Every First Nation family has the opportunity to have a home on their own land in a strong community.
Tsawout First Nation
The Tsawout First Nation is located on Vancouver Island. Tsawout is one of five bands that constitute the Saanich Nation. The other bands of the Saanich Nation are Tsartlip, Tseycum, Malahat and Pauquachin. Tsawout is a member of the Sencot’en Alliance. In the 1850s, Tsawout became a signatory to the Douglas Treaties, a series of treaties signed by some First Nations on Vancouver Island and the Colony of Vancouver Island.
East Saanich IR No. 2, the Tsawout First Nation’s main village, is approximately 241 hectares in size (595 acres) total area. East Saanich is approximately 15 minutes north of the City of Victoria and is located on the east side of the Saanich Peninsula. Tsawout First Nation has approximately 1600 residents (year 2006 est.), 485 are registered band members, and others are residents who are leasing lands from landowners. The total registered First Nation population is 828. There are single family residential, leased modular homes, band administration and commercial developments. The commercial developments include motels, restaurants, offices and gas stations.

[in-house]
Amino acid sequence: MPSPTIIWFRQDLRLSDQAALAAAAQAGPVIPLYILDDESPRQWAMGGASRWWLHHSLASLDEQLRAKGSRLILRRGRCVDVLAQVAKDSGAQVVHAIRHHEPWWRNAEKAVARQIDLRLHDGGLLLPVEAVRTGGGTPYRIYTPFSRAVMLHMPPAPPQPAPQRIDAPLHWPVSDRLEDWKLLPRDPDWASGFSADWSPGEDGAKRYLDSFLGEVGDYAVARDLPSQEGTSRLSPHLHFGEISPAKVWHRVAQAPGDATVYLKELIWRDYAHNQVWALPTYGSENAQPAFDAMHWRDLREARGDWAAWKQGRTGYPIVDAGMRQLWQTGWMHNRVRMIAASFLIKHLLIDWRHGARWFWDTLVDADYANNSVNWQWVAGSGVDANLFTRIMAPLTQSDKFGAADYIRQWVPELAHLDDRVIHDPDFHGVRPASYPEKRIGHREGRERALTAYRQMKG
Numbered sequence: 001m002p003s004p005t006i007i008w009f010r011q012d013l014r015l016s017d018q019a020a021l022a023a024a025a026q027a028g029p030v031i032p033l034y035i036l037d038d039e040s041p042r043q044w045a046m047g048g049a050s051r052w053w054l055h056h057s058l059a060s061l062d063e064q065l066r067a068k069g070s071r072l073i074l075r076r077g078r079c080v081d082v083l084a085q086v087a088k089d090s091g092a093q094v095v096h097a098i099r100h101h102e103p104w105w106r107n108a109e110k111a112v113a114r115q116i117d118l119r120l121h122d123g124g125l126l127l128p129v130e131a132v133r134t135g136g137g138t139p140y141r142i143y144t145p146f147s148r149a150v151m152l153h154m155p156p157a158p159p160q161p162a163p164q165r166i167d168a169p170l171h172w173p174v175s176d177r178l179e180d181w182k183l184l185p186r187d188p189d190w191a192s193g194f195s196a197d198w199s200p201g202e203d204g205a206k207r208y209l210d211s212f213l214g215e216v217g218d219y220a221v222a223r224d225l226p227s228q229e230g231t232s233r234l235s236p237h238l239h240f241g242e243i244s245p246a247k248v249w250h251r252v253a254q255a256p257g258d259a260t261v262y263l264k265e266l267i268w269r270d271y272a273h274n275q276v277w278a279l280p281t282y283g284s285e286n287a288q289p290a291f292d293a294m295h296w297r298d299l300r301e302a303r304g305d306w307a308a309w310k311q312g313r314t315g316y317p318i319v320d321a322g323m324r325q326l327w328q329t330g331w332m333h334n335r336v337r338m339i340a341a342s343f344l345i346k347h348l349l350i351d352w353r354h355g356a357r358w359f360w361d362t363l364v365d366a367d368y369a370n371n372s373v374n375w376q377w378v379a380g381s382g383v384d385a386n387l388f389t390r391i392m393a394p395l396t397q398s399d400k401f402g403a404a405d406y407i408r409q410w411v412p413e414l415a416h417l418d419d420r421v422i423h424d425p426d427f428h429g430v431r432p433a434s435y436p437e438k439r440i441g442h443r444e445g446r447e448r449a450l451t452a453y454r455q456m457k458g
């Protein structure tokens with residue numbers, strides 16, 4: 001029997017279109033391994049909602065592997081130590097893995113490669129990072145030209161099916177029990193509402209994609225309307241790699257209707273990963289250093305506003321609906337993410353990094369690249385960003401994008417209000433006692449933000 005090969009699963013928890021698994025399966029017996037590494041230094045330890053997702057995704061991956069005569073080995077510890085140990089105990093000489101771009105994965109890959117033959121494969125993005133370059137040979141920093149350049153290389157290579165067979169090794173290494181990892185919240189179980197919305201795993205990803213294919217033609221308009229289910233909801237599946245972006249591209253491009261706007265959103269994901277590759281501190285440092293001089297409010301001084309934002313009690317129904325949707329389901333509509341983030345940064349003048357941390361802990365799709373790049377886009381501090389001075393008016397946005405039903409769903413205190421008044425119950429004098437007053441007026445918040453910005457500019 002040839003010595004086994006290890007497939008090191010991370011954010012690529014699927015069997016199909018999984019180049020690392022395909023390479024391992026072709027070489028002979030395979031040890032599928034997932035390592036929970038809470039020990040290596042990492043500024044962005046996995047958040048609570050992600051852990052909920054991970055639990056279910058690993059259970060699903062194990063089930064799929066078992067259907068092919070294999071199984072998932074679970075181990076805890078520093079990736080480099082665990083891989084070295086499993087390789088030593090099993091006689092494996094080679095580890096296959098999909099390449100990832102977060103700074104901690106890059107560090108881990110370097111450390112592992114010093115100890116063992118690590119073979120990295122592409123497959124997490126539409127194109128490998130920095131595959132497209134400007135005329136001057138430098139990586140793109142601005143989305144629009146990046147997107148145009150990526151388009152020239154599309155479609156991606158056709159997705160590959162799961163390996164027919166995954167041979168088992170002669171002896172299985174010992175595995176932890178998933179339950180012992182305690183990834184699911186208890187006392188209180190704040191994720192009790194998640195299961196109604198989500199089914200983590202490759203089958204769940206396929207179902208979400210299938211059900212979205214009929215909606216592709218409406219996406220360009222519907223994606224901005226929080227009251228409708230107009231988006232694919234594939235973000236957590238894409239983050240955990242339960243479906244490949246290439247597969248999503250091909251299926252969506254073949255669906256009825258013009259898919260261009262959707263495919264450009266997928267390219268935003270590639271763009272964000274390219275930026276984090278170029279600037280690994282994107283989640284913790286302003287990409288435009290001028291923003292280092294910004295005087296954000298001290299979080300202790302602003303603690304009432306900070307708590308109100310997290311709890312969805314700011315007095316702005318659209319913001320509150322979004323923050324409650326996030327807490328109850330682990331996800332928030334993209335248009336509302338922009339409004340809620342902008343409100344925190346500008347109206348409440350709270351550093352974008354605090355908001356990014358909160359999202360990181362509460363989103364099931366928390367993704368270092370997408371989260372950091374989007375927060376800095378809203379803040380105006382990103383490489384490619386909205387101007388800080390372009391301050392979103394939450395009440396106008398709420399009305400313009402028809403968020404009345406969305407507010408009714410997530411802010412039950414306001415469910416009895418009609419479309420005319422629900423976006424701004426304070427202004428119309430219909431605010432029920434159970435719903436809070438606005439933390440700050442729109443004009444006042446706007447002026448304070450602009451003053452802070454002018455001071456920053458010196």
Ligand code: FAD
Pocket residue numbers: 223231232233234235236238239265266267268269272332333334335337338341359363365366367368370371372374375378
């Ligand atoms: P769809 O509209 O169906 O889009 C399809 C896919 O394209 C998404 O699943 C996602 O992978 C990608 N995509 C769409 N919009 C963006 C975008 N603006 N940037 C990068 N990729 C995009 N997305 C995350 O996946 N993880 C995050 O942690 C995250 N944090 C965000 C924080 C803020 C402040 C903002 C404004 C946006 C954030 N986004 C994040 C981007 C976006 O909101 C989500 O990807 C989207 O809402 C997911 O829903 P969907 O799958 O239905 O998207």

Saanichton Bay has historically been, and continues to be significant to the Saanich peoples of Tsawout. The bay provides shelter from the prevailing southeast gales of winter, a year-round source of food, and plays an integral role in the Tsawout economic, societal, social, and spiritual life. Because of these reasons, Saanichton Bay was one of the main winter village sites of the Saanich peoples, and that is why Tsawout First Nation is located there today.
Tsawout plans to use the Fund`s backing for homeownership and renovation loans.
“The Fund will support financing arrangements for our housing on reserve. Key to us is their respect of communal ownership of reserve land. Through the Fund’s Capacity Development Program, Tsawout First Nation will be able to develop its own Housing Authority, something we have long wanted to do.”
— Chief Harvey Underwood (May 2013)